If you're a bit stuck here, an example of this kind of reassuring rejection might include the reason why you're not feeling particularly sexual at the moment (i.e. being distracted by other important things in your life, or just feeling stressed or tired), along with an expression of love for your partner, and an offer to initiate some kind of physical connection in the next few days. And, crucially, 'physical connection' doesn't have to mean sex if that's not what you're in the mood for; taking the pressure away from having to do specific sexual activities can be a big relief, and provide more opportunities to connect with each other in a sensual way, for example with a massage, or shoulder rub, or just holding hands while you watch TV.
A key part of healthy, intimate relationships is being able to express your needs and wants, and to have them heard and acknowledged with respect. However, that doesn't mean that your partner will always be able to meet those needs and wants, so it's only natural that there will be times when your partner will have to say no. Feeling like you're being rejected by someone you love can hurt, and it's completely natural to feel some isolation and frustration in response. But just like there are ways for the person saying no to do it in a kind, caring way, there are also ways to deal with a no that can have a really positive impact on your relationship, and your sex life.
The long and the short of it is that anything that makes your partner feel under pressure to have sex is not conducive to a satisfying sex life, and can actually erode desire over time. For example: initiating sex without talking about it if it seems like your partner isn't in the mood, threatening to leave or have an affair if sex doesn't happen, or criticising and blaming your partner for not wanting to have sex - all of these are examples of pressuring your partner. There's even research to show that when someone has sex out of a desire to avoid bad outcomes (i.e. preventing an argument, because it's been a while and they feel guilty), rather than out of a desire to engage in something they really want to do (i.e. to physically and emotionally connect with your partner), it can actually make them feel worse, and have a negative impact on the relationship in the long term. (2) So if you think either you or your partner might having sex from a place of fear, or to avoid a bad outcome, rather than to engage in something you both really want, then it might be worth having a conversation about that together, and see if there are any issues you need to address.
Often, the thing that causes the most distress in long-term relationships is when there are things being left unsaid, for example if you or your partner have needs or desires that aren't being met, but don't know how to express. Renowned couples therapist Esther Perel has a great saying: 'Behind every criticism, there's a wish', which can be really helpful when it comes to reframing how you talk about sex (or anything really!) So something that could be quite detrimental, like: 'You're never in the mood anymore!', could become: 'I miss that feeling of closeness when we have sex.' Of course, you still have to be prepared to hear 'no', or 'not right now', but you can see how differently those two conversations might go. When you talk about sex, see if you can just ask questions to understand your partner better: the parts of their sexual desires and needs that overlap with yours, and those that don't. Importantly, don't try to problem-solve their desire; if you're feeling sexual and your partner isn't quite on the same page, ask them how you can express it in a way that feels good to both of you and doesn't have any expectations attached of going further. Sometimes this will mean doing nothing at all, masturbating (either alone or together), or taking a bath together - the important thing is that you're connecting with each other in a positive way.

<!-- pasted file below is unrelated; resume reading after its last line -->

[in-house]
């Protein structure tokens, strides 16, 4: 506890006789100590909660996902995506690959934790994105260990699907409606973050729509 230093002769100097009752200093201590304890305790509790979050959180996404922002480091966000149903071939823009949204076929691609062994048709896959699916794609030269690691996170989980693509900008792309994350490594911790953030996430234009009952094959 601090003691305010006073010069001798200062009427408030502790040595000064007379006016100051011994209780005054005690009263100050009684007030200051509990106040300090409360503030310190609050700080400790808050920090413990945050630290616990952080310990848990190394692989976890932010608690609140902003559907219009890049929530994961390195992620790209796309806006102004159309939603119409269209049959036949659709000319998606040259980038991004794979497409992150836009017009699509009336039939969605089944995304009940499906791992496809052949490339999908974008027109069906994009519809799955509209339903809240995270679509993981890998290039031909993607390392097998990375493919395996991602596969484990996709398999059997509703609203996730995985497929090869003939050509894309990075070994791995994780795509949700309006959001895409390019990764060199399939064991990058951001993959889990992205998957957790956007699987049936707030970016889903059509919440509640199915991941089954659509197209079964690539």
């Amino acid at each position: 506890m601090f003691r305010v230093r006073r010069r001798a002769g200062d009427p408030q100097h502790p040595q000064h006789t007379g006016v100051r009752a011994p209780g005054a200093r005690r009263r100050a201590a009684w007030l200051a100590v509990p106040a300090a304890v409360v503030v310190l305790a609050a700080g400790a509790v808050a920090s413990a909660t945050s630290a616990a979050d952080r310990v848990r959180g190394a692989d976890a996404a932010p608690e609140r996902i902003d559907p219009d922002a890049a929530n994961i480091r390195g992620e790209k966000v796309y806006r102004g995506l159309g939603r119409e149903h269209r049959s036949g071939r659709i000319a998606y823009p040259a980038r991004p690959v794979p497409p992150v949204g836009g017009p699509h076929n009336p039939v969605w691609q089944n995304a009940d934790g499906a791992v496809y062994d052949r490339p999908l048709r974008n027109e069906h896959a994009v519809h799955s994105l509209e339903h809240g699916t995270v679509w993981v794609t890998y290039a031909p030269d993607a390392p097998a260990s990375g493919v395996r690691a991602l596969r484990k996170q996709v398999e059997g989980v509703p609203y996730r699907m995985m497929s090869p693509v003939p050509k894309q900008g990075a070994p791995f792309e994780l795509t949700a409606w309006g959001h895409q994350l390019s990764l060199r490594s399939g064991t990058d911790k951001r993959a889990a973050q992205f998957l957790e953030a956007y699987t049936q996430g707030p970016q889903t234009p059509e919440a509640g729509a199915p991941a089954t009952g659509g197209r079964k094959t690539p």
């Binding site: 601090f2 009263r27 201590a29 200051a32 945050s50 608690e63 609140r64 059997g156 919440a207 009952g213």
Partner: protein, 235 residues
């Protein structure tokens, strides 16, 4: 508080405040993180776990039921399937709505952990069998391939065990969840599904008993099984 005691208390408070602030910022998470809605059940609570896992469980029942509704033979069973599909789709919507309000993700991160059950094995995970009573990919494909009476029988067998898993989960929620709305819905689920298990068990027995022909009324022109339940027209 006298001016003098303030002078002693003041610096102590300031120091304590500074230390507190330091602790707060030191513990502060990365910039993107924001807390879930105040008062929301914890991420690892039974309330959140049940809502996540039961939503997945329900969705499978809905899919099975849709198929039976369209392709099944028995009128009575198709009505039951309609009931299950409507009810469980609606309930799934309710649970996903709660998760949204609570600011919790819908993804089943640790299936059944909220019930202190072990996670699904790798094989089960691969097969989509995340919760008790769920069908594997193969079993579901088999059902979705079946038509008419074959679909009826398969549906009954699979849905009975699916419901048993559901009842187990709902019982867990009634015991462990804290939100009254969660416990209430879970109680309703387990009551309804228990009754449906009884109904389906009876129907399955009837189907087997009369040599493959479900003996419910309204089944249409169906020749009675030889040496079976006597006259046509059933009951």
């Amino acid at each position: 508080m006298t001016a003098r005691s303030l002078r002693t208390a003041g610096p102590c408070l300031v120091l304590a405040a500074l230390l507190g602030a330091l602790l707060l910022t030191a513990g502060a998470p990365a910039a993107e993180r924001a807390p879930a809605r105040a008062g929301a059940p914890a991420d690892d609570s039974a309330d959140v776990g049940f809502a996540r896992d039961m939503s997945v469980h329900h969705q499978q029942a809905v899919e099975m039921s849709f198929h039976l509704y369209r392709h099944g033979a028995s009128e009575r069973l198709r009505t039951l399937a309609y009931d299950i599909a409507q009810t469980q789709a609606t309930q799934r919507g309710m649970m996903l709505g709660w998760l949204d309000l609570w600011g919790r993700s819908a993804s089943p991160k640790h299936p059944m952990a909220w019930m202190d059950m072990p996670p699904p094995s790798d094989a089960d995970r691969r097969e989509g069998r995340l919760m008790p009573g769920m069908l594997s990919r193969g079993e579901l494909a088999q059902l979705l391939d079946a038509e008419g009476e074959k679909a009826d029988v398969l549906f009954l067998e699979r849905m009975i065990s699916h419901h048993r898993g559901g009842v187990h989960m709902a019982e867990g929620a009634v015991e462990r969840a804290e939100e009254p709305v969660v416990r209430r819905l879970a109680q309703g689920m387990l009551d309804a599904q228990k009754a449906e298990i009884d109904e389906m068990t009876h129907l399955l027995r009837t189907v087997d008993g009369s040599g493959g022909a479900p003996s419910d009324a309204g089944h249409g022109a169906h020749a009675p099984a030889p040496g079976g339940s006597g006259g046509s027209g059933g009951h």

Sensate Focus is a sex therapy technique used all over the world that teaches you how to get out of your head and into your body by focusing only on the sensations you can feel, and encourages a mindful, non-judgmental approach to touch. It also encourages a non-goal-oriented approach to sex, reducing the centrality of penetrative sex and orgasm as the 'pinnacle' of sex, but rather prioritizes connection, pleasure, and sensuality. Most importantly in this context, though, it's also a series of structured exercises that progress slowly, step-by-step, with very clear boundaries. This means that the person with lower desire can feel safe and relaxed that the touch won't go any further than prescribed, and it provides the person with higher desire with more opportunities for touch and connection, and fewer moments of feeling rejected. It's a win-win for both of you!